Maine: Knox County

– SBA loan funds approved: $5.3 million (About $132 per resident)
– Number of loans: 19

Canva

Maryland: Allegany County

– SBA loan funds approved: $6.5 million (About $95 per resident)
– Number of loans: 9

Canva

Massachusetts: Nantucket County

– SBA loan funds approved: $3.3 million (About $240 per resident)
– Number of loans: 8

Canva

Michigan: Keweenaw County

– SBA loan funds approved: $4.3 million (About $2,101 per resident)
– Number of loans: 5

vagabond54 // Shutterstock

Minnesota: Marshall County

– SBA loan funds approved: $5.1 million (About $559 per resident)
– Number of loans: 4

Canva

Mississippi: Smith County

– SBA loan funds approved: $7.3 million (About $506 per resident)
– Number of loans: 14

Canva

Missouri: Pettis County

– SBA loan funds approved: $17.4 million (About $406 per resident)
– Number of loans: 9

Canva

Montana: Sweet Grass County

– SBA loan funds approved: $4.8 million (About $1,312 per resident)
– Number of loans: 1

SevenMaps // Shutterstock

Nebraska: Nuckolls County

– SBA loan funds approved: $2.2 million (About $521 per resident)
– Number of loans: 1

Canva

Nevada: Carson City

– SBA loan funds approved: $13.3 million (About $229 per resident)
– Number of loans: 15

Wangkun Jia // Shutterstock

New Hampshire: Rockingham County

– SBA loan funds approved: $35.3 million (About $113 per resident)
– Number of loans: 117

Jorge Moro // Shutterstock

New Jersey: Cape May County

– SBA loan funds approved: $26.7 million (About $280 per resident)
– Number of loans: 27

Canva

New Mexico: Torrance County

– SBA loan funds approved: $4.2 million (About $280 per resident)
– Number of loans: 1

tomtsya// Shutterstock

New York: Essex County

– SBA loan funds approved: $11.5 million (About $306 per resident)
– Number of loans: 8

MarkVanDykePhotography // Shutterstock

North Carolina: Dare County

– SBA loan funds approved: $13.3 million (About $362 per resident)
– Number of loans: 8

SevenMaps // Shutterstock

North Dakota: Oliver County

– SBA loan funds approved: $384,000 (About $208 per resident)
– Number of loans: 1

Canva

Ohio: Putnam County

– SBA loan funds approved: $7.4 million (About $214 per resident)
– Number of loans: 10

Canva

Oklahoma: Craig County

– SBA loan funds approved: $4.4 million (About $311 per resident)
– Number of loans: 2

Canva

Oregon: Wasco County

– SBA loan funds approved: $6.1 million (About $229 per resident)
– Number of loans: 7

Canva

Pennsylvania: Jefferson County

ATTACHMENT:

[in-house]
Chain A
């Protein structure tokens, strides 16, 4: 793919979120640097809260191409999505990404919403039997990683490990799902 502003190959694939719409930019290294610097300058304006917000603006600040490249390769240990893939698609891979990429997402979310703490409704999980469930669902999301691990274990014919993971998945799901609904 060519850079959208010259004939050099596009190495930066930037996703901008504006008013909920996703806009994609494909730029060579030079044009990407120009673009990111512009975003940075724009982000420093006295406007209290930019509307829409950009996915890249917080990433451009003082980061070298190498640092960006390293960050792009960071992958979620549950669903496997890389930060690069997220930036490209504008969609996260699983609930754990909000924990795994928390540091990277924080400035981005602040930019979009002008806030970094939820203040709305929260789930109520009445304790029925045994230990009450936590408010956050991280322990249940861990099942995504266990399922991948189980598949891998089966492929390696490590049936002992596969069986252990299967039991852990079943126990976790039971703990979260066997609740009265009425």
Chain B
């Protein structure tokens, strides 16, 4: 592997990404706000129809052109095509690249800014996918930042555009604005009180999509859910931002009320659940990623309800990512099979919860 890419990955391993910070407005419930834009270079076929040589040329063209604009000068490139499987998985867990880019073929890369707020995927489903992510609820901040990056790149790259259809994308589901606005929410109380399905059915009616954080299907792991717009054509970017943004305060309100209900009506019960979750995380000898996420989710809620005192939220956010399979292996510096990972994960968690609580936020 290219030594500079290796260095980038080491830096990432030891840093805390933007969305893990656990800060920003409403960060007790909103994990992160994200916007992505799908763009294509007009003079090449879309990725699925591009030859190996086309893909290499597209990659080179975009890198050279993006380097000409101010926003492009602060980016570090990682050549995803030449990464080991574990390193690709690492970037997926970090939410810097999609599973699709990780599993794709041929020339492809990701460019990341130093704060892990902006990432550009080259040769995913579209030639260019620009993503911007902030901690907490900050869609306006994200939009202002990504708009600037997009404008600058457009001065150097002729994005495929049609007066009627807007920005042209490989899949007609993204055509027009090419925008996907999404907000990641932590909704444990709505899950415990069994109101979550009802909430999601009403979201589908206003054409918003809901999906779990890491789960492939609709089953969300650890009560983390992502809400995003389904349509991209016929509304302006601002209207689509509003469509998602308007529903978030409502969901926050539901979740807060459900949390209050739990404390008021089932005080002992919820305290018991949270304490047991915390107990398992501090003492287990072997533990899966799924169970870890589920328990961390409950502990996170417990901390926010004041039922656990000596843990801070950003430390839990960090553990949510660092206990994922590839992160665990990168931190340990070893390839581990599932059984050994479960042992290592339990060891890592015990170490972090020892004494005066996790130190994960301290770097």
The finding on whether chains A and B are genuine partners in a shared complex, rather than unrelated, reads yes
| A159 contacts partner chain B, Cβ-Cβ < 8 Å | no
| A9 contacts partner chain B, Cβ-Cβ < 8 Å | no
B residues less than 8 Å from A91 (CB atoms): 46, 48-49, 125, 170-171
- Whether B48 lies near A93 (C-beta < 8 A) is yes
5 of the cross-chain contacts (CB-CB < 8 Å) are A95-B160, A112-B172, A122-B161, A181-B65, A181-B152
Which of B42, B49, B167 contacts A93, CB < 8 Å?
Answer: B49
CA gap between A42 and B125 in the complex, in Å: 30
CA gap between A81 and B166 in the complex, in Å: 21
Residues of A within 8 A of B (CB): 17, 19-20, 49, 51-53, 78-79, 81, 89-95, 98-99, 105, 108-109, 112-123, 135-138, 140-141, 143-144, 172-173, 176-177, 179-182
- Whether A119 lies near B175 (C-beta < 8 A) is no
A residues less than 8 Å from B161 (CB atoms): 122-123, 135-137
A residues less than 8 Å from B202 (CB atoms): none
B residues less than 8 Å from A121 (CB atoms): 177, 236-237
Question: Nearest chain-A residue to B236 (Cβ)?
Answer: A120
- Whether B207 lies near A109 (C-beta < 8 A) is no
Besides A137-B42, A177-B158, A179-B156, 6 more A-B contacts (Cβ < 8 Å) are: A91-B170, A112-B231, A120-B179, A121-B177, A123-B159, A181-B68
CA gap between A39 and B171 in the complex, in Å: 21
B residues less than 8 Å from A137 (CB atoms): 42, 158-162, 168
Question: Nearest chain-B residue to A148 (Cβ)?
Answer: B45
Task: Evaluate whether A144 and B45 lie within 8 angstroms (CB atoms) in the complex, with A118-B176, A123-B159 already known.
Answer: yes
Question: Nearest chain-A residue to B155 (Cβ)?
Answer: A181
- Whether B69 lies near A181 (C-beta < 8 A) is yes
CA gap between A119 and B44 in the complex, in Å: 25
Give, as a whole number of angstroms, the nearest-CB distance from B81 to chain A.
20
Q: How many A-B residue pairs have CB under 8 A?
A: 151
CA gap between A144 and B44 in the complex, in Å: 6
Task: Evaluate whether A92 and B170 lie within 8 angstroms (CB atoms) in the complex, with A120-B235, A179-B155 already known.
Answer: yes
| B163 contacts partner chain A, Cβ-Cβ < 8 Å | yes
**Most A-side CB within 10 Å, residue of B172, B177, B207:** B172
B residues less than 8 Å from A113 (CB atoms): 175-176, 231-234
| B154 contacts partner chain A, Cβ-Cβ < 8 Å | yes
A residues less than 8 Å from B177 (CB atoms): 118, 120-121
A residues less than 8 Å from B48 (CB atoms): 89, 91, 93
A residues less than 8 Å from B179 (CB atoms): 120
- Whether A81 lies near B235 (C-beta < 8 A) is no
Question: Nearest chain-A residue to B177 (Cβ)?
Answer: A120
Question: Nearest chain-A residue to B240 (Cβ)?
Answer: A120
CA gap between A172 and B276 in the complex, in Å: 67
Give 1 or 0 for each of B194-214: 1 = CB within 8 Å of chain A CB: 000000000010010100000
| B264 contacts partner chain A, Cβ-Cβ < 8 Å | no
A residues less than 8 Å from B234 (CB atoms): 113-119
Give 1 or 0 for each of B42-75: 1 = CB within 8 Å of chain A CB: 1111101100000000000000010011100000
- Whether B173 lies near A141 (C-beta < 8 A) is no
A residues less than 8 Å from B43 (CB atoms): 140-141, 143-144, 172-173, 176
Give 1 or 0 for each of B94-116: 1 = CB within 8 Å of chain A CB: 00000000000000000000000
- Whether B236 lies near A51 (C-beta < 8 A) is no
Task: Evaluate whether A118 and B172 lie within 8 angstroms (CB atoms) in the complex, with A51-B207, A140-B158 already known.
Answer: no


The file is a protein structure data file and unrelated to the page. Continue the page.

– SBA loan funds approved: $6.8 million (About $153 per resident)
– Number of loans: 8

Canva

Rhode Island: Kent County

– SBA loan funds approved: $14.9 million (About $88 per resident)
– Number of loans: 39

Canva

South Carolina: Jasper County

– SBA loan funds approved: $5.5 million (About $192 per resident)
– Number of loans: 5

SevenMaps // Shutterstock

South Dakota: Deuel County

– SBA loan funds approved: $1.5 million (About $341 per resident)
– Number of loans: 1

SevenMaps // Shutterstock

Tennessee: Decatur County

– SBA loan funds approved: $3.0 million (About $262 per resident)
– Number of loans: 2

Canva

Texas: Menard County

– SBA loan funds approved: $1.5 million (About $745 per resident)
– Number of loans: 1

Canva

Utah: Piute County

– SBA loan funds approved: $1.4 million (About $746 per resident)
– Number of loans: 1

Mike Hardiman // Shutterstock

Vermont: Windham County

– SBA loan funds approved: $9.2 million (About $201 per resident)
– Number of loans: 15

Erin Cadigan // Shutterstock

Virginia: Richmond County

– SBA loan funds approved: $6.9 million (About $777 per resident)
– Number of loans: 22

davidrh // Shutterstock

Washington: Columbia County

– SBA loan funds approved: $1.3 million (About $331 per resident)
– Number of loans: 3

Canva

West Virginia: Marshall County

– SBA loan funds approved: $5.3 million (About $172 per resident)
– Number of loans: 3

Canva

Wisconsin: Vilas County

– SBA loan funds approved: $13.6 million (About $597 per resident)
– Number of loans: 8

Ems Images // Shutterstock

Wyoming: Sheridan County

– SBA loan funds approved: $13.9 million (About $451 per resident)
– Number of loans: 7

Story editing by Ashleigh Graf. Copy editing by Paris Close. Photo selection by Michael Flocker.

This story originally appeared on Flippa and was produced and
distributed in partnership with Stacker Studio.

Share this:
Continue Reading

Featured